-        When TomcatA crashes, TomcatB receives a notification that TomcatA has dropped
out 
  +        When TomcatA crashes, TomcatB receives a notification that TomcatA has dropped
out
           of the cluster. TomcatB removes TomcatA from its membership list, and TomcatA will
no longer
           be notified of any changes that occurs in TomcatB.
  -        The load balancer will redirect the requests from TomcatA to TomcatB and all the
sessions 
  +        The load balancer will redirect the requests from TomcatA to TomcatB and all the
sessions
           are current.
       </p><p></p>
   </li>
  @@ -164,9 +164,9 @@
   
   </li>
   <li><code>TomcatA</code> The session <code>S2</code> expires
due to inactivity.
  -    <p>The invalidate is call is intercepted the same was as when a session is invalidated
by the user, 
  +    <p>The invalidate is call is intercepted the same was as when a session is invalidated
by the user,
          and the session is queued with invalidated sessions.
  -       At this point, the invalidet session will not be replicated across until 
  +       At this point, the invalidet session will not be replicated across until
          another request comes through the system and checks the invalid queue.
       </p><p></p>
   </li>
  @@ -177,9 +177,9 @@
   <p><b>Membership</b>
       Clustering membership is established using very simple multicast pings.
       Each Tomcat instance will periodically send out a multicast ping,
  -    in the ping message the instance will broad cast its IP and TCP listen port 
  +    in the ping message the instance will broad cast its IP and TCP listen port
       for replication.
  -    If an instance has not received such a ping within a given timeframe, the 
  +    If an instance has not received such a ping within a given timeframe, the
       member is considered dead. Very simple, and very effective!
       Of course, you need to enable multicasting on your system.
   </p>
  @@ -189,13 +189,13 @@
       Upon the next replication request, the sending instance will use the host and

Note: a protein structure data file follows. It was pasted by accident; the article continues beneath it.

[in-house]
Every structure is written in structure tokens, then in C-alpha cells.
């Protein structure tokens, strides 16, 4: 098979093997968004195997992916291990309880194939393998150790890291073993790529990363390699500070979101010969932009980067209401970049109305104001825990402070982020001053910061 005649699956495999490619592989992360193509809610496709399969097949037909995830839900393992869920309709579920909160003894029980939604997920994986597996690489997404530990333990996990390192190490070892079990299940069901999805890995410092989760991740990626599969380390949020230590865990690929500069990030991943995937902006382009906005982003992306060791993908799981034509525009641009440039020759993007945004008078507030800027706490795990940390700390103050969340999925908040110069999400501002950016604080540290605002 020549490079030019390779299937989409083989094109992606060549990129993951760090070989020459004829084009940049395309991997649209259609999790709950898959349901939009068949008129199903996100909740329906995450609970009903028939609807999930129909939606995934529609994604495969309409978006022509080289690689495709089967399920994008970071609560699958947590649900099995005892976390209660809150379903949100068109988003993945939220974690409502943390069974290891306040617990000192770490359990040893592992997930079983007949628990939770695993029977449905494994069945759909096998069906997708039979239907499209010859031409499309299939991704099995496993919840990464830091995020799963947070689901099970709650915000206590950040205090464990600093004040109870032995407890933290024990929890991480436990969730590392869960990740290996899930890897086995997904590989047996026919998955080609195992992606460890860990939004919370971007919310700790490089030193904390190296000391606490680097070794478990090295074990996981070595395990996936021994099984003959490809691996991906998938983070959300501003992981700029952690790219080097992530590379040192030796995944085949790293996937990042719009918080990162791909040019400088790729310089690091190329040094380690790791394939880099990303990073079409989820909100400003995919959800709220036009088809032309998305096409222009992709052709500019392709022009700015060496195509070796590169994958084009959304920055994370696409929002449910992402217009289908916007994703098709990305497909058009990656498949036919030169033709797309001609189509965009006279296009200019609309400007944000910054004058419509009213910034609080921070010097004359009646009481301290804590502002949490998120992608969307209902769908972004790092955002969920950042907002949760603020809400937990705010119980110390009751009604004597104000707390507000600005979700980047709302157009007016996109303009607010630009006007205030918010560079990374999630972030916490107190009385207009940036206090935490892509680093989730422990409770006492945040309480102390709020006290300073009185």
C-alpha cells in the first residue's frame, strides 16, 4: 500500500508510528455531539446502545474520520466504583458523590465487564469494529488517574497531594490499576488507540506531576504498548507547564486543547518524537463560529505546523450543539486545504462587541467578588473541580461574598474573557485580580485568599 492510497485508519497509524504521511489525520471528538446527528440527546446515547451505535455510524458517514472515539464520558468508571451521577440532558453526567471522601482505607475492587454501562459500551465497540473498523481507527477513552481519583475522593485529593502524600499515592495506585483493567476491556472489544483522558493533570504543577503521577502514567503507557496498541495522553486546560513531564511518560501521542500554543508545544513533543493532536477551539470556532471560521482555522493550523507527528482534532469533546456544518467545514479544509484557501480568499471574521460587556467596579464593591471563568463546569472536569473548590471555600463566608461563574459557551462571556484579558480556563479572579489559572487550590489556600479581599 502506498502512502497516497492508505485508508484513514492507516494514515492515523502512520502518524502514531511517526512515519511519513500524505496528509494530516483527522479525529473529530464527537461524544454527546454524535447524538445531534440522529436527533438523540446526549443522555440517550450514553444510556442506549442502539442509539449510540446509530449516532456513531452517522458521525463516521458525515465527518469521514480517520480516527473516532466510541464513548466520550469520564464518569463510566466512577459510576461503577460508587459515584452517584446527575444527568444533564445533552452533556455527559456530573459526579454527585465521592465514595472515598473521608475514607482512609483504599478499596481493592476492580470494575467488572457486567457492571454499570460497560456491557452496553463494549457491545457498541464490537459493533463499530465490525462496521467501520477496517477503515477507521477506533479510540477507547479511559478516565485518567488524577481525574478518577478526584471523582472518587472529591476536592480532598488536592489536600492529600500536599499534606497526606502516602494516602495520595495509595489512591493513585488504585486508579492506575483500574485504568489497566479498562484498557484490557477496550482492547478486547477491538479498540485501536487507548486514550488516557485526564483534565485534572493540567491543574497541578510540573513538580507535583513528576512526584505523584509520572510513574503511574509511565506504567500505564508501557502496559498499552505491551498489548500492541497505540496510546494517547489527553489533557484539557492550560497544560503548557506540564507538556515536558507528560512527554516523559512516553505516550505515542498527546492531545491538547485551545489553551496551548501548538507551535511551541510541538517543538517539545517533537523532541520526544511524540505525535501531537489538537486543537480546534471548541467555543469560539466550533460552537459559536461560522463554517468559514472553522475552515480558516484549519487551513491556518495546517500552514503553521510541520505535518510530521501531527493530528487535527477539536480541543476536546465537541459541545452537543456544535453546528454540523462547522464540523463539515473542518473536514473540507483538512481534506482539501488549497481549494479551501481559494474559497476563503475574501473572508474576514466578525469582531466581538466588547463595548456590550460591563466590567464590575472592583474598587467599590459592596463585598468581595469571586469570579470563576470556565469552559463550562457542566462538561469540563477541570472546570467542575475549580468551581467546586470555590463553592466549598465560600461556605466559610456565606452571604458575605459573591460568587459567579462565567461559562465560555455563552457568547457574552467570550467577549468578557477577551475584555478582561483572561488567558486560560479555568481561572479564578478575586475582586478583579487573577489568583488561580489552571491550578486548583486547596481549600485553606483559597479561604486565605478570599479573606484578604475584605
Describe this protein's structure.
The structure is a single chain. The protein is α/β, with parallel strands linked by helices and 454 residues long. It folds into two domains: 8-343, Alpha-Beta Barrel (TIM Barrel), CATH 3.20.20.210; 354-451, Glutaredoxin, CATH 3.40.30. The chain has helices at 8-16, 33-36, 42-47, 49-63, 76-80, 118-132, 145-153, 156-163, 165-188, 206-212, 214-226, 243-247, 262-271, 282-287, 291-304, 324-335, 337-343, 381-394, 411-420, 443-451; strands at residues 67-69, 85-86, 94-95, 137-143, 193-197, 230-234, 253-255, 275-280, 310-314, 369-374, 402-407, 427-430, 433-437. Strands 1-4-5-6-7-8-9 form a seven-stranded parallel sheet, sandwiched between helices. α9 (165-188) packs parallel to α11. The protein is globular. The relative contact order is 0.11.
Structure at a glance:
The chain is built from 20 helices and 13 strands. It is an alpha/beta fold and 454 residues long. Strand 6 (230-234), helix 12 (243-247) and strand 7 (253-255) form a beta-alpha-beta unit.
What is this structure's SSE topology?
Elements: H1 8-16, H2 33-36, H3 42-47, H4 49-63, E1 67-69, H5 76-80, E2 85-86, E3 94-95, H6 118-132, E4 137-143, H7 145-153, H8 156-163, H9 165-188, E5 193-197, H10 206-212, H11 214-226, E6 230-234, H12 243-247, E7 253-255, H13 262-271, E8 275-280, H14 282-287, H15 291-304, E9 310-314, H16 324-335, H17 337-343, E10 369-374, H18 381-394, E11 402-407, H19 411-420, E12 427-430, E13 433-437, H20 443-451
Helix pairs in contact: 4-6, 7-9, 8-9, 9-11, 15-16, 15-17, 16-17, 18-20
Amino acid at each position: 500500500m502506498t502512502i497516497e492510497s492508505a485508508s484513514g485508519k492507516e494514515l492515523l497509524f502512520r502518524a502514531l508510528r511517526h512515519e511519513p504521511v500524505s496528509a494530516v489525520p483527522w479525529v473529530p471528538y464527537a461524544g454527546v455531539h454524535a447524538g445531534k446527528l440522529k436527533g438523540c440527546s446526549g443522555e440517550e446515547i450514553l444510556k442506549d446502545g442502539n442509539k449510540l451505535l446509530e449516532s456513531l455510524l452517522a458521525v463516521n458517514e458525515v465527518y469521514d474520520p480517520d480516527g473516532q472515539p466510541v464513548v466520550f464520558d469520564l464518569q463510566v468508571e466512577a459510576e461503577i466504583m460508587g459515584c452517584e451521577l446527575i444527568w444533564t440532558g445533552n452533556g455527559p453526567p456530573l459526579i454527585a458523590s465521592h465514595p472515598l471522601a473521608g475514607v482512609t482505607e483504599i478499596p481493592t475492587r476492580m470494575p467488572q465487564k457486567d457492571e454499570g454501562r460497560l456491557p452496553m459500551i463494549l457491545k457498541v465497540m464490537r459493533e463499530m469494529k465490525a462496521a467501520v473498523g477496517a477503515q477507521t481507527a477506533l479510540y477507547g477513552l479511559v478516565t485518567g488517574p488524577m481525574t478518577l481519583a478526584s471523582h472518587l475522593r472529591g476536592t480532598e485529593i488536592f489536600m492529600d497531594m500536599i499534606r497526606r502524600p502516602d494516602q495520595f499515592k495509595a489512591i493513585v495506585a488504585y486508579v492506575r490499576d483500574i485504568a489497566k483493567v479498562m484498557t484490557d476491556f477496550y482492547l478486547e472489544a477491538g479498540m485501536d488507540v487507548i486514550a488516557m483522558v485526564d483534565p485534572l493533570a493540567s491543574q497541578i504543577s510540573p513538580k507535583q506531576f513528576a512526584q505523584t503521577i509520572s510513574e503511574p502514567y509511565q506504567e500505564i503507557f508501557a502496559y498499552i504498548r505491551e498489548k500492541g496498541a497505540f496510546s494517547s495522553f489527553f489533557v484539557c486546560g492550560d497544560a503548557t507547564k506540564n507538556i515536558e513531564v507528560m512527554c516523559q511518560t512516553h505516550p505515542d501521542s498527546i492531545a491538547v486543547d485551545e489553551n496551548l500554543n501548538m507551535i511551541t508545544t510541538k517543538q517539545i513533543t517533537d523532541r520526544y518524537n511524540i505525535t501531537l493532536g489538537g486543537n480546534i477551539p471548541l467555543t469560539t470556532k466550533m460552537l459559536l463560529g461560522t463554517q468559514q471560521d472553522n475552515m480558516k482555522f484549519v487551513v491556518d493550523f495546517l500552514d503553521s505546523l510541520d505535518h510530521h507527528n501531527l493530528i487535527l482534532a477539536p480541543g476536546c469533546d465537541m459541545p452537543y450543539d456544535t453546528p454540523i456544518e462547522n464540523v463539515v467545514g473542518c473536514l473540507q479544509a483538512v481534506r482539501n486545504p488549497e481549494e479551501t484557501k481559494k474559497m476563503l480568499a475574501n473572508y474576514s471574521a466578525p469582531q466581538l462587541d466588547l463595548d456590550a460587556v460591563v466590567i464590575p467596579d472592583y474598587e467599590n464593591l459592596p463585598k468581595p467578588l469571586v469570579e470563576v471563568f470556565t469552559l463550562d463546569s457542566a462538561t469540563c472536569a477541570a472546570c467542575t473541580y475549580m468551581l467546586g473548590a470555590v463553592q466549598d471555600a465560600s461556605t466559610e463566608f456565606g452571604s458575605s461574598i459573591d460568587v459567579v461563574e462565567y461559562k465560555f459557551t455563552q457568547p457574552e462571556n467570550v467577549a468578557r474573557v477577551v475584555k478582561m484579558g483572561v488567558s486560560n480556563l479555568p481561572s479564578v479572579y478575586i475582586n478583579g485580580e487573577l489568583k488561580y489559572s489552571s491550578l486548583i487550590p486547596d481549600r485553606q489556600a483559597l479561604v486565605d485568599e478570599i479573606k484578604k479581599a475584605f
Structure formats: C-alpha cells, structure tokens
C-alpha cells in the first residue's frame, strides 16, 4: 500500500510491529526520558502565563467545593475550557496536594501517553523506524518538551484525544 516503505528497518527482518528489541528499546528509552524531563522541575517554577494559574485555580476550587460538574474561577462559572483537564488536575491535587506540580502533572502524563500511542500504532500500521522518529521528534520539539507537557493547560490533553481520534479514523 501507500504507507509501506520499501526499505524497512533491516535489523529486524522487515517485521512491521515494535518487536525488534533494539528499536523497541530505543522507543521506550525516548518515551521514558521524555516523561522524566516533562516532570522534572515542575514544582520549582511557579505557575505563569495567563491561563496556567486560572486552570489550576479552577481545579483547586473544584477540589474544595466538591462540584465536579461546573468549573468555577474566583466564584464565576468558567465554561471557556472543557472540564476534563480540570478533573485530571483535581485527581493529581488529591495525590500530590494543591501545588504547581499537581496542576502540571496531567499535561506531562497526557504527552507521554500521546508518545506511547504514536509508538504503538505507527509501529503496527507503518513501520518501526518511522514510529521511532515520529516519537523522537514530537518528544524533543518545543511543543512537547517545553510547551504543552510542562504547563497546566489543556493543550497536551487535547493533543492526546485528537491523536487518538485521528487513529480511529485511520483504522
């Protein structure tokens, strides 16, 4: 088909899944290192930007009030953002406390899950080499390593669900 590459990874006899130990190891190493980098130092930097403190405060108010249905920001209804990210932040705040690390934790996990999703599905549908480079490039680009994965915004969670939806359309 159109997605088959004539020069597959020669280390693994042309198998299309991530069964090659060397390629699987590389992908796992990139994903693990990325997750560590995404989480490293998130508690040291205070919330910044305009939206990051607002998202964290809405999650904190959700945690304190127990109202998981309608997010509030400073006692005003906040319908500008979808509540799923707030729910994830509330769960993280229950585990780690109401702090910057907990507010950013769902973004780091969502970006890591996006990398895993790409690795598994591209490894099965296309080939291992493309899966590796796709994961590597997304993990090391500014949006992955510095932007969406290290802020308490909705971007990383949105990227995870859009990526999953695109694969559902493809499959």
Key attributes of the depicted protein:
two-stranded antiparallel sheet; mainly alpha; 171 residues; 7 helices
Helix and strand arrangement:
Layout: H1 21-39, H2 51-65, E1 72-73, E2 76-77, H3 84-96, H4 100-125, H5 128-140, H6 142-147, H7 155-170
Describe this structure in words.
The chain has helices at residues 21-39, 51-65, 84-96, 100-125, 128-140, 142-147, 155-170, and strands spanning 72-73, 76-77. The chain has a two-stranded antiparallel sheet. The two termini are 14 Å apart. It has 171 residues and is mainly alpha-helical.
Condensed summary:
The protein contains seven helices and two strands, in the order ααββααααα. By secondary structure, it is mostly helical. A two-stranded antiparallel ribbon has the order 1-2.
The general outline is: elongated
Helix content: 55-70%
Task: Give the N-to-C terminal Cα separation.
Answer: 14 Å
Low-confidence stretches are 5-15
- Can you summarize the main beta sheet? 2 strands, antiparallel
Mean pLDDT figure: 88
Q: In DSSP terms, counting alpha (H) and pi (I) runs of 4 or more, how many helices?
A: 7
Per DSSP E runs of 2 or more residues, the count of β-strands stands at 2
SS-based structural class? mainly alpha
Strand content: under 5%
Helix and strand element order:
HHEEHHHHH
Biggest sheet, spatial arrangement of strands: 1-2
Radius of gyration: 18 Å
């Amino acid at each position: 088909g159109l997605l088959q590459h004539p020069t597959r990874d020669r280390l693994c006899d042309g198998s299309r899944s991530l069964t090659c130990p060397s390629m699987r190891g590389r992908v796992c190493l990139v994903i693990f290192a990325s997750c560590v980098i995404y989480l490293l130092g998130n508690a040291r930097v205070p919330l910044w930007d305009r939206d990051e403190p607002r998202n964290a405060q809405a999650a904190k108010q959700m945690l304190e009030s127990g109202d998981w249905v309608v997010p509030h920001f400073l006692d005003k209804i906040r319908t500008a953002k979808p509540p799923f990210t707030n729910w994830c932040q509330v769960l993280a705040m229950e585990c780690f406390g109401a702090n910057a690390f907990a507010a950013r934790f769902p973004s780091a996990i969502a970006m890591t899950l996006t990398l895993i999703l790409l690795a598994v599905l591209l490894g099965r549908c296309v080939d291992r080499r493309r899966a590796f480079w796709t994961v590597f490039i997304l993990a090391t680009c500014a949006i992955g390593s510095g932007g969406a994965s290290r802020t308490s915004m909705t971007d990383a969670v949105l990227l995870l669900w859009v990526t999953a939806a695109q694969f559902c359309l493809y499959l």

port info and establish a TCP socket. Using this socket it sends over the serialized
data.
       The reason I choose TCP sockets is because it has built in flow control and guaranteed
delivery.
  -    So I know, when I send some data, it will make it there :)    
  +    So I know, when I send some data, it will make it there :)
   </p>
   
   <p><b>Distributed locking and pages using frames</b>
       Tomcat does not keep session instances in sync across the cluster.
  -    The implementation of such logic would be to much overhead and cause all 
  -    kinds of problems. If your client accesses the same session 
  +    The implementation of such logic would be to much overhead and cause all
  +    kinds of problems. If your client accesses the same session
       simultanously using multiple requests, then the last request
       will override the other sessions in the cluster.
   </p>
  @@ -208,9 +208,9 @@
   <source>
           Server
             |
  -        Service    
  -          | 
  -        Engine  
  +        Service
  +          |
  +        Engine
          /     \
      Cluster ReplicationValve
         |
  @@ -233,14 +233,27 @@
   <p>
       The membership is established by all the tomcat instances are sending broadcast messages
       on the same multicast IP and port.
  -    
  +
       The TCP listen port, is the port where the session replication is received from other
members.
   </p>
   <p>
  -    The replication valve is used to find out when the request has been completed and initiate
the 
  +    The replication valve is used to find out when the request has been completed and initiate
the
       replication.
   </p>
  -
  +<p>
  +    One of the most important performance considerations is the synchronous versus asynchronous
replication
  +    mode. In a synchronous replication mode the request doesn't return until the replicated
session has been
  +    sent over the wire and reinstantiated on all the other cluster nodes.
  +    Using synchronous mode potentially becomes a bottleneck, but is a must if you cant
have
  +    sticky sessions, what is recommended here is to increase the number of threads that
handle
  +    incoming replication request. This is the tcpThreadCount property in the cluster
  +    section of server.xml.
  +    Asynchronous replication, should be used if you have sticky sessions until fail over,
then
  +    your replicated data is not time crucial, but the request time is, at this time leave
the tcpThreadCount to
  +    be number-of-nodes-1.
  +    During async replication, the request is returned before the data has been replicated.
async replication yields shorter
  +    request times, and synchronous replication guarantees the session to be replicated
before the request returns.
  +</p>
   </section>
   
   
  @@ -251,7 +264,7 @@
   
       A: Well, the other members will remove the instance from the cluster,
          but when you insert the cable again, the Tomcat instance might have completely flipped
out.
  -       This is because the OS might start going 100% CPU when a multicast message is sent.

  +       This is because the OS might start going 100% CPU when a multicast message is sent.
          There has not yet been a good solution for this, I will let you know when I have
come up with one.
     </li>